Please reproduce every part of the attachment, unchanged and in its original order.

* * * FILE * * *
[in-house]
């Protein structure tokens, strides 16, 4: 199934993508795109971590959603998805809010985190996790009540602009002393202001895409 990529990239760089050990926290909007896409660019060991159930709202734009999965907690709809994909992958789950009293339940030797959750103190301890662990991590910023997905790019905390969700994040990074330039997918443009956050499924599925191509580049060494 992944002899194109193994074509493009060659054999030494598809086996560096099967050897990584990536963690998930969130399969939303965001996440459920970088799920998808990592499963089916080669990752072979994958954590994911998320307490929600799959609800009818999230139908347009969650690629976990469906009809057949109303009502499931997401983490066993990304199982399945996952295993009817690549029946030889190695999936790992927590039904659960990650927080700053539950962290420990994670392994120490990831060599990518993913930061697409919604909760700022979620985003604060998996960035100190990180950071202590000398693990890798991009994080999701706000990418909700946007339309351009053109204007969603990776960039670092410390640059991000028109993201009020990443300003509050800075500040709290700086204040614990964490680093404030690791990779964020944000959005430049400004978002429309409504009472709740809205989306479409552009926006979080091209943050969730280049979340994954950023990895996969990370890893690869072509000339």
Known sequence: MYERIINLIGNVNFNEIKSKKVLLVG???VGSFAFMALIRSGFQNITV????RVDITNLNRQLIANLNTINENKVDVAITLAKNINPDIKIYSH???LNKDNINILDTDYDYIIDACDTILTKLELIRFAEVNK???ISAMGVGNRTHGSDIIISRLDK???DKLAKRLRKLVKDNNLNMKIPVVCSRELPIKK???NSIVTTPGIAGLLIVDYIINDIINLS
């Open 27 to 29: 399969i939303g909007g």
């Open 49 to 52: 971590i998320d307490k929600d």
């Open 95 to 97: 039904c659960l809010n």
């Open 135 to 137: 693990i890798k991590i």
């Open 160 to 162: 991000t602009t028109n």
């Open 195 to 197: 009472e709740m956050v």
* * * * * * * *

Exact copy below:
[in-house]
């Protein structure tokens, strides 16, 4: 199934993508795109971590959603998805809010985190996790009540602009002393202001895409 990529990239760089050990926290909007896409660019060991159930709202734009999965907690709809994909992958789950009293339940030797959750103190301890662990991590910023997905790019905390969700994040990074330039997918443009956050499924599925191509580049060494 992944002899194109193994074509493009060659054999030494598809086996560096099967050897990584990536963690998930969130399969939303965001996440459920970088799920998808990592499963089916080669990752072979994958954590994911998320307490929600799959609800009818999230139908347009969650690629976990469906009809057949109303009502499931997401983490066993990304199982399945996952295993009817690549029946030889190695999936790992927590039904659960990650927080700053539950962290420990994670392994120490990831060599990518993913930061697409919604909760700022979620985003604060998996960035100190990180950071202590000398693990890798991009994080999701706000990418909700946007339309351009053109204007969603990776960039670092410390640059991000028109993201009020990443300003509050800075500040709290700086204040614990964490680093404030690791990779964020944000959005430049400004978002429309409504009472709740809205989306479409552009926006979080091209943050969730280049979340994954950023990895996969990370890893690869072509000339």
Known sequence: MYERIINLIGNVNFNEIKSKKVLLVG???VGSFAFMALIRSGFQNITV????RVDITNLNRQLIANLNTINENKVDVAITLAKNINPDIKIYSH???LNKDNINILDTDYDYIIDACDTILTKLELIRFAEVNK???ISAMGVGNRTHGSDIIISRLDK???DKLAKRLRKLVKDNNLNMKIPVVCSRELPIKK???NSIVTTPGIAGLLIVDYIINDIINLS
């Open 27 to 29: 399969i939303g909007g």
């Open 49 to 52: 971590i998320d307490k929600d």
């Open 95 to 97: 039904c659960l809010n």
């Open 135 to 137: 693990i890798k991590i």
């Open 160 to 162: 991000t602009t028109n």
């Open 195 to 197: 009472e709740m956050v």